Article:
Cops can’t stop gun-running - PlatoComment on this story
Following 11 deaths and 10 injuries in gang-related shoot-outs in Hanover Park in the past month, Community Safety MEC Dan Plato has taken a sharp swipe at police, accusing them of being unable to curb gun-runners supplying firearms in the Cape Flats gang wars.
Plato said that the sale of guns had become the second-most lucrative illegal trade in the Western Cape, behind drugs.
Other areas affected by gang violence include Lavender Hill, Mitchells Plain, Khayelitsha and Gugulethu.
“The guns are seemingly flooding the streets, and the problem is further compounded by the types of guns,” Plato said, explaining that while older models had been the previous norm, they were now seeing new, higher calibre guns being used in shoot-outs.
“These guns are being confiscated on a daily basis, but even larger numbers continue to flow freely on to the streets,” he said.
Police spokesman Lieutenant Colonel Andre Traut said police had tracked down several possible sources of the guns, but would not provide details, saying it could jeopardise investigations.
In the latest incident, on Tuesday, metro police confiscated a 9mm Pietro Beretta from a home in Hanover Park, along with 41 rounds of ammunition, including rounds for guns other than the Beretta. The haul included 23 9mm rounds, 15 .38 rounds, one .45 round, one 7.65 calibre round, and a .32 calibre round. Three magazines and two suppressors (silencers) were also found.
Traut said 180 suspects had been arrested in the past three months for serious gang-related crimes.
During the same period, 217 firearms had been confiscated in the Western Cape, and 219 suspects arrested in connection with these incidents.
“Serious and violent crimes are high on our priority list, and various initiatives are applied to police these crimes. Gang-related crimes are also categorised as such, and receive the same priority treatment,” Traut said, adding that initiatives depended on “circumstances and infrastructure”. Disclosing more information could hamper the effectiveness of such initiatives.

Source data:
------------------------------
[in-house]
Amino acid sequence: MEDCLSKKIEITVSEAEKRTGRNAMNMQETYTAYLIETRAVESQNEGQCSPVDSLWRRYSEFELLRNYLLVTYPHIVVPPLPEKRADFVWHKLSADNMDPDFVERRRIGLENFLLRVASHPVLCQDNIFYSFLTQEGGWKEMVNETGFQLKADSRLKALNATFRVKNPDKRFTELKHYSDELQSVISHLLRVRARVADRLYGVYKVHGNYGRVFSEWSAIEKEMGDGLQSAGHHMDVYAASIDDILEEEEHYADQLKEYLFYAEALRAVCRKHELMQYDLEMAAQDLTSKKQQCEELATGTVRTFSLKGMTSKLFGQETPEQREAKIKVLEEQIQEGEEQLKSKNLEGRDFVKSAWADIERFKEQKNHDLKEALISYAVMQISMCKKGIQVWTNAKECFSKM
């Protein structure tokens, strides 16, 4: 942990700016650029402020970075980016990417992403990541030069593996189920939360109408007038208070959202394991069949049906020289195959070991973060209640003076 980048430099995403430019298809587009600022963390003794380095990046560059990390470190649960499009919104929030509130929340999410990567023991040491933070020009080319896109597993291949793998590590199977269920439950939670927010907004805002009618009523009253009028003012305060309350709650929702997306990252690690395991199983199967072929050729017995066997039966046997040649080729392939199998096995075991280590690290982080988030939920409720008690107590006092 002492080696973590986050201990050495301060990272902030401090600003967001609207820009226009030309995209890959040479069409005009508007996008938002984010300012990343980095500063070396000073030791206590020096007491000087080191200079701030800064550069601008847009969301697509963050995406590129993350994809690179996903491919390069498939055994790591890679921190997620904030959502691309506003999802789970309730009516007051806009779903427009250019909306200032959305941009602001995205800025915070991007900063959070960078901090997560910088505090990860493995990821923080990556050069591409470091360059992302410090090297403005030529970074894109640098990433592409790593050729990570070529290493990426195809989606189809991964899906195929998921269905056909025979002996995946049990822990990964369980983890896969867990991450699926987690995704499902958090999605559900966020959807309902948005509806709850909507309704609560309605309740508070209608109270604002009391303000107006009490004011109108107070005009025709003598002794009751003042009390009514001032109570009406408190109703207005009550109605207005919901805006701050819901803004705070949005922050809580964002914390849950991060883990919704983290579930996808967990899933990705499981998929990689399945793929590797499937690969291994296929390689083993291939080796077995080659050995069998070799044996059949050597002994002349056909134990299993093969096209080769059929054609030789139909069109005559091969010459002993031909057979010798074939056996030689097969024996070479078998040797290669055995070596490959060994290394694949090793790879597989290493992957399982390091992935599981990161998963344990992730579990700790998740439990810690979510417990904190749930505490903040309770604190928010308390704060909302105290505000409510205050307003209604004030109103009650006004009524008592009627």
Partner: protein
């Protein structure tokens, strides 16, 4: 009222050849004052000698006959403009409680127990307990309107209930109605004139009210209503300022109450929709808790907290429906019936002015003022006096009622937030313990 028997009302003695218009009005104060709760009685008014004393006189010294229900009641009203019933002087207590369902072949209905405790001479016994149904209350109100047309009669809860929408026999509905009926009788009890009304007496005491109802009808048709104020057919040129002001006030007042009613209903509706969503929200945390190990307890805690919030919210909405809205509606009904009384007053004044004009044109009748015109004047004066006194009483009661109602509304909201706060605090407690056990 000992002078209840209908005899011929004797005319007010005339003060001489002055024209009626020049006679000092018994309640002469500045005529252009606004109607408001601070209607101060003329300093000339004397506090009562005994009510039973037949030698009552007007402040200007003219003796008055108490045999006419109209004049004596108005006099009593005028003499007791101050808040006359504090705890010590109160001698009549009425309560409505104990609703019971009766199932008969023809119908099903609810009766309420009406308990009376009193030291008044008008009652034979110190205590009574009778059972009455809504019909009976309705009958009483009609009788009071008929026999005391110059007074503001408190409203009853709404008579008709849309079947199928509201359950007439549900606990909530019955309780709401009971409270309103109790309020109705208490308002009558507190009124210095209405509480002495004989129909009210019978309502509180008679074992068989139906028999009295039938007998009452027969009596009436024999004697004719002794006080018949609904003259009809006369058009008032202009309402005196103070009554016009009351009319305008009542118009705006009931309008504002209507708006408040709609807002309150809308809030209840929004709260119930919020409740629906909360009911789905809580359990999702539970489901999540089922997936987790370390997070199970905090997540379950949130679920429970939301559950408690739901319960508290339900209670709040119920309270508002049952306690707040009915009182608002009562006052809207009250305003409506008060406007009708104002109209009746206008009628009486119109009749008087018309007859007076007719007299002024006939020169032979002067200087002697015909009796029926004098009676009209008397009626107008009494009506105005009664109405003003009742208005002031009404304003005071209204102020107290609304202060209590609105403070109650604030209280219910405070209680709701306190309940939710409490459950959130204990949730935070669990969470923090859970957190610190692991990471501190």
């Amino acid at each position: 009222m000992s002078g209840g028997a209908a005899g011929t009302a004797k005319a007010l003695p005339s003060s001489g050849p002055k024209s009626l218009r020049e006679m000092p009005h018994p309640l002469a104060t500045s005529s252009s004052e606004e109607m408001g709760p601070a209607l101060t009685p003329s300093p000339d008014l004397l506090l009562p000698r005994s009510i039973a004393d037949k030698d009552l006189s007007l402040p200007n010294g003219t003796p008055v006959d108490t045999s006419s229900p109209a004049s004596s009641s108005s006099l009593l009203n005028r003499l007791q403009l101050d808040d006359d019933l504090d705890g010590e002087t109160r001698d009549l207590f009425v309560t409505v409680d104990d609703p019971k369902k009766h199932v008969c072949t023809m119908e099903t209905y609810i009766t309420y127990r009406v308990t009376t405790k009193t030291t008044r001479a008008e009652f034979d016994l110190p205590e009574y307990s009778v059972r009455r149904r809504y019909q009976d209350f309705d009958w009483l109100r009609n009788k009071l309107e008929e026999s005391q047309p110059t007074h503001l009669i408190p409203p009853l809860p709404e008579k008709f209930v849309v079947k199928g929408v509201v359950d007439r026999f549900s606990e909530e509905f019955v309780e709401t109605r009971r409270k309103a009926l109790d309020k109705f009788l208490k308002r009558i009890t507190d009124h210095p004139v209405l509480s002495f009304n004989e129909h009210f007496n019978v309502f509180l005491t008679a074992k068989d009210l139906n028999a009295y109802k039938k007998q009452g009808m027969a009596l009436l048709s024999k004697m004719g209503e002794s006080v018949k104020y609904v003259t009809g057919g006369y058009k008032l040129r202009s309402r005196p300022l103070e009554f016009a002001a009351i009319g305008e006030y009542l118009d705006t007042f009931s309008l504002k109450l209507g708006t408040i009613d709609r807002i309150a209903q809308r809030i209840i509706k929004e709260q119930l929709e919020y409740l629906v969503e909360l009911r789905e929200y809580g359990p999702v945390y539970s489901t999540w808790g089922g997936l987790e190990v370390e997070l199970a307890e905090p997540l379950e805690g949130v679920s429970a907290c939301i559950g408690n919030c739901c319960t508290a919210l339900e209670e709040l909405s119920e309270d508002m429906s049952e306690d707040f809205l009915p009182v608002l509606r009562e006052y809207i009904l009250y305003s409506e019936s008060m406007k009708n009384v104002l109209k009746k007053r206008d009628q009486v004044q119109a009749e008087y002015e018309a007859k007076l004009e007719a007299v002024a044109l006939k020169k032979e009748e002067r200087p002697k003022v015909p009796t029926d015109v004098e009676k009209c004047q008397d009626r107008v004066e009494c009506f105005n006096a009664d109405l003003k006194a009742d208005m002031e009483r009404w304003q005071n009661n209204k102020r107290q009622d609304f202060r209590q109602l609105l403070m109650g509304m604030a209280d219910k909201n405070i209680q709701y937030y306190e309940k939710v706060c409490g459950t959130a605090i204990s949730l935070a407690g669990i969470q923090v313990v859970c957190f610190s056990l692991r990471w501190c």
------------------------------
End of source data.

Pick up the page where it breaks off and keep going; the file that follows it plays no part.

Plato said he could not understand the lack of action, if such information was indeed available.
“People are literally dying every day we wait, and the sooner the police act the better.”
He complained that the lack of action also left communities with the perception that police were incapable of protecting them, which prompted “vigilante justice”.
Plato said nine reports of vigilante killings had been reported in the Western Cape in the past 16 days.
Another incident was confirmed on Saturday, when police spokesman Captain Frederick van Wyk told Weekend Argus that Harare police were called out just before 7am.
In an open field, in block 56 Makhaza, behind the Khayelitsha Shoprite store, they found the burned body of an unidentified person who had been stoned and assaulted, then set alight. Plato said that while acts of vigilantism, or attacks on police could never be condoned, “
one can understand their rage when they are the victims of these crimes, coupled with a lack of belief in the police”.
Weldon Cameron, Hanover Park Community Police Forum spokesman, also said that the forum had been successful in tracking down the sources of the guns coming into the area. But he would also not elaborate.
He said that while the source of guns was known, they would instead rely on peace treaties.
“I cannot comment on why the treaties are the chosen route, other than it is a safety issue.
“Any other course of action could result in more casualties,” he said.